The startup’s planned move to Southern Africa — home to the continent’s second-largest and most advanced economy of South Africa — will place Chipper Cash in all three corners of the Africa’s triangle of leading digital finance markets.

There are hundreds of payments startups across Africa looking to bring the continent’s large unbanked and underbanked populations onto mobile finance applications.

Some products, such as M-Pesa in Kenya, have succeeded in reaching tens of millions. However, one characteristic of successful African fintech products is their use has been geographically segregated, with few apps able to scale widely across borders.

Chipper Cash touts its ability to grow its P2P product in several countries in 2019, including Nigeria.

Serunjogi explained the imperative to move to the West African country earlier this year. “Nigeria is the largest economy and most populous country in Africa. Its fintech industry is one of the most advanced in Africa, up there with Kenya and South Africa,” he told TechCrunch in May.

Apparently a number of actors were on the same wavelength when he said that, as Nigerian fintech gained $360 million in VC in November — the equivalent of roughly one-third of all the startup capital raised in Africa in 2018, according to Partech stats.

Part of this venture influx was directed to potential Chipper Cash competitors.

In two separate rounds, Chinese investors put $220 million into OPay and PalmPay — two fledgling payment startups with plans to scale in Nigeria and the broader continent. That money dwarfs rounds raised by other P2P focused fintech companies, such as Chipper Cash.

On how the startup will compete with the these new players with big coffers, Serunjogi points to Chipper Cash’s gratis-payment structure, among other factors.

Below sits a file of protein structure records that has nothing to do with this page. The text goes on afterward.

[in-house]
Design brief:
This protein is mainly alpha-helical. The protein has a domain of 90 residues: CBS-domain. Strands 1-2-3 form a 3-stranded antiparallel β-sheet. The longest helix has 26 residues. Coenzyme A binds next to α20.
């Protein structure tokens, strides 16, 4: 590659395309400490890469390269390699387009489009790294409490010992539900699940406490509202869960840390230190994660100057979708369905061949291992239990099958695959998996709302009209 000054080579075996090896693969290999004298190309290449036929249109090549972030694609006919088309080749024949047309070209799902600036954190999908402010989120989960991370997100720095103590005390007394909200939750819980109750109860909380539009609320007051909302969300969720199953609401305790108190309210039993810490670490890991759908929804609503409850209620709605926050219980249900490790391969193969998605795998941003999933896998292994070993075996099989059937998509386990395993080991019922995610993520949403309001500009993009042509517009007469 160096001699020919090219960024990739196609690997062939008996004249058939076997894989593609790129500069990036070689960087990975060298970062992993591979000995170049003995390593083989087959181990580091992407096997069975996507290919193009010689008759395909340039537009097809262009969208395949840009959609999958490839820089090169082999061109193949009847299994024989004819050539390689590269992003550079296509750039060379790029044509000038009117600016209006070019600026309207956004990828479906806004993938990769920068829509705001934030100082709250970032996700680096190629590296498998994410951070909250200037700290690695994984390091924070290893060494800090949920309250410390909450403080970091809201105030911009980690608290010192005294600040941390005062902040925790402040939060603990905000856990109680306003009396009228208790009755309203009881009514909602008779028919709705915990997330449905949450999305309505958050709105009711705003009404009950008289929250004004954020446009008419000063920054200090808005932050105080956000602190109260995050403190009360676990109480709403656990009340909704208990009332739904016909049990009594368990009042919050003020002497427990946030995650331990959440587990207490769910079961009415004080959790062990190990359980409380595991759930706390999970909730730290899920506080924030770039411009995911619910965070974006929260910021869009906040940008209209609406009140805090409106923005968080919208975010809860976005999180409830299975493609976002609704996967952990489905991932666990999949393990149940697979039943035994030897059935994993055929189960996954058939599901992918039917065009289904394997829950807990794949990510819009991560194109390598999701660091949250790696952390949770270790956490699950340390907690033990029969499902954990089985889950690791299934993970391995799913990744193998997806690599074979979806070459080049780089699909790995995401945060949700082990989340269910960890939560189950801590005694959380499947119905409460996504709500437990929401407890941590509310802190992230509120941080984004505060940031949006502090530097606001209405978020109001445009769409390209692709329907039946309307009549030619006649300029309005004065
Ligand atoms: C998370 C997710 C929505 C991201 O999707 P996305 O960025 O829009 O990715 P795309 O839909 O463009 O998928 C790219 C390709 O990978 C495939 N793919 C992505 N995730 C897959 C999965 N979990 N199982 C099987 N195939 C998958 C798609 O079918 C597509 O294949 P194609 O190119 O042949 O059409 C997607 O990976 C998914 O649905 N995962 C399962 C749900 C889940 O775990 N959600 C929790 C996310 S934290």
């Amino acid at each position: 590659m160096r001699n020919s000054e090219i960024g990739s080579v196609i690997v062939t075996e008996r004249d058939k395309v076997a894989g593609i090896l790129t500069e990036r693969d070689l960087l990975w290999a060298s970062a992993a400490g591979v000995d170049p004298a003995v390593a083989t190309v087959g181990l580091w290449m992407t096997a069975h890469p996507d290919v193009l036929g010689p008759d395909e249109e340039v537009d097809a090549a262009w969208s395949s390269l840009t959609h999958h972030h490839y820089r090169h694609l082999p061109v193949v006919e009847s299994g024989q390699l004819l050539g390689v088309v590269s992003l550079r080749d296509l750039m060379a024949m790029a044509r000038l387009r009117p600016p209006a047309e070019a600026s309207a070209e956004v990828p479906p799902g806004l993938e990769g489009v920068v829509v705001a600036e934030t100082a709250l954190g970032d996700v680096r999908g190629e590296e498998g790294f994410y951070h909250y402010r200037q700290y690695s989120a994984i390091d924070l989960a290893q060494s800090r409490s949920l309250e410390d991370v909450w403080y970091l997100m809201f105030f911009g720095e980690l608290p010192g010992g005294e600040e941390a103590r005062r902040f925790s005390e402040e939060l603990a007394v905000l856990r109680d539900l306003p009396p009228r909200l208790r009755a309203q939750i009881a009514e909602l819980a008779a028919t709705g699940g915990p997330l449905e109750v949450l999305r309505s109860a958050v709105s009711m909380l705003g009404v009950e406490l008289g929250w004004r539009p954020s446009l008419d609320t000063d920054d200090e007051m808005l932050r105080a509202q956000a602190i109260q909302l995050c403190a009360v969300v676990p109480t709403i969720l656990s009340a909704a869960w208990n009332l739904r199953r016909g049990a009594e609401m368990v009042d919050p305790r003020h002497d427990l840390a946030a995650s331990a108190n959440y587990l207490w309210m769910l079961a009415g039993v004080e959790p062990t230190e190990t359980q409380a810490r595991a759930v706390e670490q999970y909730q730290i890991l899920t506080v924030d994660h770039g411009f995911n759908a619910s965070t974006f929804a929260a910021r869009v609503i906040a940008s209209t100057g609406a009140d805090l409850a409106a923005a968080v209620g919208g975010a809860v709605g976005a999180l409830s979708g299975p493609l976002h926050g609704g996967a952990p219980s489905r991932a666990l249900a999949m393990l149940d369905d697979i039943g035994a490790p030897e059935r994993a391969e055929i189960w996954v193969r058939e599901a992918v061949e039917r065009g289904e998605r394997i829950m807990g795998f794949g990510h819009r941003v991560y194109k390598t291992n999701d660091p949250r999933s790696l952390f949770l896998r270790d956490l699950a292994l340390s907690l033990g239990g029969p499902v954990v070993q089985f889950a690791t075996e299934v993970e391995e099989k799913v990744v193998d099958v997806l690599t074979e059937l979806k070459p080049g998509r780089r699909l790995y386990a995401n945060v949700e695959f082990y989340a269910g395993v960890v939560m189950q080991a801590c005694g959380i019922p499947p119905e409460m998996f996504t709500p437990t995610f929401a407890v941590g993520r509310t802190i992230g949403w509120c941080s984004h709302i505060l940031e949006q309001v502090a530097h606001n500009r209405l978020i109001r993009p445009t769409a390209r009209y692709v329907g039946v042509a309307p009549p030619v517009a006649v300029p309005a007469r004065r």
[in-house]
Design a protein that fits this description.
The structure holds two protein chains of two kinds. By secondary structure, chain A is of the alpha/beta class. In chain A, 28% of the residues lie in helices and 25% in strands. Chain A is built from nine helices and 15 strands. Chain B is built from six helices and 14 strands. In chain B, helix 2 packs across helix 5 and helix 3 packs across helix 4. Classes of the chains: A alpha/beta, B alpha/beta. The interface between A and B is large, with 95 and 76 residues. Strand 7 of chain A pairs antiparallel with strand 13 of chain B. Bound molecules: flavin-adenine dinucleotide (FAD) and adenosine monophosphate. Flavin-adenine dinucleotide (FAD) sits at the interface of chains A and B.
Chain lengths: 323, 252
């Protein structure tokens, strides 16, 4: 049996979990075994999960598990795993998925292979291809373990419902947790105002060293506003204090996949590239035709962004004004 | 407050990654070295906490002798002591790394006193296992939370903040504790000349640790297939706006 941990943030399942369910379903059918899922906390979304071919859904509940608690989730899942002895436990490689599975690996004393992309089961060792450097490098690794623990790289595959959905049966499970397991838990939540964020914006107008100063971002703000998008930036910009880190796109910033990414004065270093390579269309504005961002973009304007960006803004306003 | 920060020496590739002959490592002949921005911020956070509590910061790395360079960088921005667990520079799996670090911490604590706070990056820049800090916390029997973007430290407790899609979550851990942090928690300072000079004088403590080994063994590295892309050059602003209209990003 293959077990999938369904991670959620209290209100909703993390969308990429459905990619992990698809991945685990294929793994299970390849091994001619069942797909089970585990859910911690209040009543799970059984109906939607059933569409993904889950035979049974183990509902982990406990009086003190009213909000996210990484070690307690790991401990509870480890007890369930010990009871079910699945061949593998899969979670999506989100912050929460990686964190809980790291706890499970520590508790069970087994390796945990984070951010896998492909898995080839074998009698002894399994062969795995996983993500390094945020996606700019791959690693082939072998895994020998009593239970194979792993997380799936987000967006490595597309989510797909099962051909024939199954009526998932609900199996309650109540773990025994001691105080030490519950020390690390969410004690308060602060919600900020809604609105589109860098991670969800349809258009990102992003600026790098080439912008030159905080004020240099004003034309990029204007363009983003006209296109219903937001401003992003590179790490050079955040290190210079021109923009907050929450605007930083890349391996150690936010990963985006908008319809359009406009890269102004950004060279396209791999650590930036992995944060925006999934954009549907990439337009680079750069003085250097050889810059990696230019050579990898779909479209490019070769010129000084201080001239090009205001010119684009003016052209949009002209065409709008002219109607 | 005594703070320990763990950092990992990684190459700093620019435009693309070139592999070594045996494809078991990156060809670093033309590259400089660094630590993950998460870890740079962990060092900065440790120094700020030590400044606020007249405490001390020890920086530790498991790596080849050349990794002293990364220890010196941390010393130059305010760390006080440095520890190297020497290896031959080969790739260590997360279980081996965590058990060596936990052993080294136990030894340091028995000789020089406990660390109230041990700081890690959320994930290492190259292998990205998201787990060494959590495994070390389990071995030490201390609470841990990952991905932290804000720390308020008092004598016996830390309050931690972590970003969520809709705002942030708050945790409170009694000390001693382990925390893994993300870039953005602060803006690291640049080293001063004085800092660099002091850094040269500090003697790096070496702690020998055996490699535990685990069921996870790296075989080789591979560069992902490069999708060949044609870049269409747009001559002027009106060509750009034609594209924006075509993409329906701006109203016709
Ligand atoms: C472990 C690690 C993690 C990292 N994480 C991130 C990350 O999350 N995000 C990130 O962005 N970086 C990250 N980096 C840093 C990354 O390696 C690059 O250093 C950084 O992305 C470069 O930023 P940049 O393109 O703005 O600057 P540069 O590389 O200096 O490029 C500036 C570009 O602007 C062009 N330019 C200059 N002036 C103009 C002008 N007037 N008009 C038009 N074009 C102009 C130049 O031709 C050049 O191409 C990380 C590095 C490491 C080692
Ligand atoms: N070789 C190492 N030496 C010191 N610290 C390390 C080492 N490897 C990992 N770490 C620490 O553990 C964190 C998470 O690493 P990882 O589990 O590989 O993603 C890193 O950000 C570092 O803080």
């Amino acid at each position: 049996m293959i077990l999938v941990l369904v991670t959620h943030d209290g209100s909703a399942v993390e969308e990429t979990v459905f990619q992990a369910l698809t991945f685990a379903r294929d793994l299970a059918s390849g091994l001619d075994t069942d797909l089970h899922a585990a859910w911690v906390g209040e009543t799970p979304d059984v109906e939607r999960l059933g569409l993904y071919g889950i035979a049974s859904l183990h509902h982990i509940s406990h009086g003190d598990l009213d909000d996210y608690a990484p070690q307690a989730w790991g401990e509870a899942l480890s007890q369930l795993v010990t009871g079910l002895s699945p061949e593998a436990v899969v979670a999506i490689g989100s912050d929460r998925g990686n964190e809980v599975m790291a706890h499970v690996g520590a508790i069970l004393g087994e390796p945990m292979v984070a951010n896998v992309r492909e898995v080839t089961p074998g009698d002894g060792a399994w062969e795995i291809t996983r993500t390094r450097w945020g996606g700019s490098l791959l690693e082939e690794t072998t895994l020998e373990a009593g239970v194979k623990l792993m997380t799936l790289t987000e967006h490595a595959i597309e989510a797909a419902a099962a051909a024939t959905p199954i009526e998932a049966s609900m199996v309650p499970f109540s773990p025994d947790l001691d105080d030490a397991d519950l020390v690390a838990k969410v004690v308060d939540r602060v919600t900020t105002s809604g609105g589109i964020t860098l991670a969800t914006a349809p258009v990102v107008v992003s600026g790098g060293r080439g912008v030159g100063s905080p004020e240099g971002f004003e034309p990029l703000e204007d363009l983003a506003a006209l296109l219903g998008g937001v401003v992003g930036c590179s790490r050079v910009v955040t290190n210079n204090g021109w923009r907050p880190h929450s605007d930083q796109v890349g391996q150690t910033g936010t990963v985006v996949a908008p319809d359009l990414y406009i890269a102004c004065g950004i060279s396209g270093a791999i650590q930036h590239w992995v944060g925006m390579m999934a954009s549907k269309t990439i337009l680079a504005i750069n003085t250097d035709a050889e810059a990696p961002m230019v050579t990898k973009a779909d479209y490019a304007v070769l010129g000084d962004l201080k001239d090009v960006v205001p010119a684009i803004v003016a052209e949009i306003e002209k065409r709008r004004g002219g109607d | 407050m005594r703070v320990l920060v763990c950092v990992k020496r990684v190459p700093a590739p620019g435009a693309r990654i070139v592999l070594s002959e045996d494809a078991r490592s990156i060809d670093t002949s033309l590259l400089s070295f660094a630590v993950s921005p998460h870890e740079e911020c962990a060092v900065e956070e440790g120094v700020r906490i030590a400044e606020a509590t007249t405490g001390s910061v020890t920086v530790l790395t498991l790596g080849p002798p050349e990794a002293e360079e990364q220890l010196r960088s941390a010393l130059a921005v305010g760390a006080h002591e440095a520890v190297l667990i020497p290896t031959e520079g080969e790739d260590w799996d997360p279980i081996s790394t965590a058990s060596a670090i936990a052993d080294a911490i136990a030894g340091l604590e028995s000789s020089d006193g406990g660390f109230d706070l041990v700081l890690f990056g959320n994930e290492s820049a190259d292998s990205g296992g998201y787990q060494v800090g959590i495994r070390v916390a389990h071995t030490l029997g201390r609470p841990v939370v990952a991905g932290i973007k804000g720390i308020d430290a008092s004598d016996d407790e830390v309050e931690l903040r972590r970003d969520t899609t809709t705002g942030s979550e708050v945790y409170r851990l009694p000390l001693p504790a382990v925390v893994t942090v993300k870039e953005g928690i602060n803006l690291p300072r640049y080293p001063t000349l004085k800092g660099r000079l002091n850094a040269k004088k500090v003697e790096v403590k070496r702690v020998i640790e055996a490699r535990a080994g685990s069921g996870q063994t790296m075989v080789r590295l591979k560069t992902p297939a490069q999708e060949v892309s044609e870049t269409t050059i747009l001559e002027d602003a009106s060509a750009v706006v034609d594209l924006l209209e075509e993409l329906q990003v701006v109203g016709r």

Money doesn’t buy product market fit. It doesn’t buy ultimate success in this space,” he said.

“By offering our product for free, we’re not in a pricing war or competing on a dollar-to-dollar basis. We’re in a pure utility war on who can provide the most value to our users. We’re quite comfortable with our position, and our long-term value proposition will speak for itself over time,” Serunjogi added.

At the end of 2020 we can review where Chipper Cash and competitive platforms stand on country reach and volumes in the startup race to scale digital payments across Africa’s 1.2 billion people.

 

 


0

As the new year beckons European investors start moving into new roles

17:57 | 30 November

As the Holiday Season approaches, new jobs for players in the tech ecosystem beckon. And this is no less true for investors. Two notable moves have recently happened that are worthy of note in the European scene.

The first is that GR Capital, a pan-European VC, is opening an office in London and has lured Jason Ball, who, earlier this year, left Qualcomm Ventures where had been European Managing Director for over a decade. Bad spent ten years as a mentor at Seedcamp and individually invested in more than ten companies. He was understood to be looking for new challenges, either building a new fund or joining another – so now we have our answer as to what he decided.

Founded in 2016 by Roma Ivaniuk in Ukraine, GR Capital specializes in late-stage VC investments. It has over $70M under management and has invested in Lime, Azimo, WeFox, McMakler, Glovo and Meero among others. The fund has traditionally been known for investing in Eastern Europe, but with a London office and the extremely well-networked Ball under its belt, we should be hearing more from them on the wider European scene in future.

Ivaniuk said in a statement that the move “means we can now drive our pan-European business activities from the continent’s most important VC hub, London.”

Ball said “We see a huge opportunity here to connect the dots between West and East. The London ecosystem is an exciting offering for investors in Eastern Europe, which in turn presents unique R&D and growth opportunities for portfolio companies.”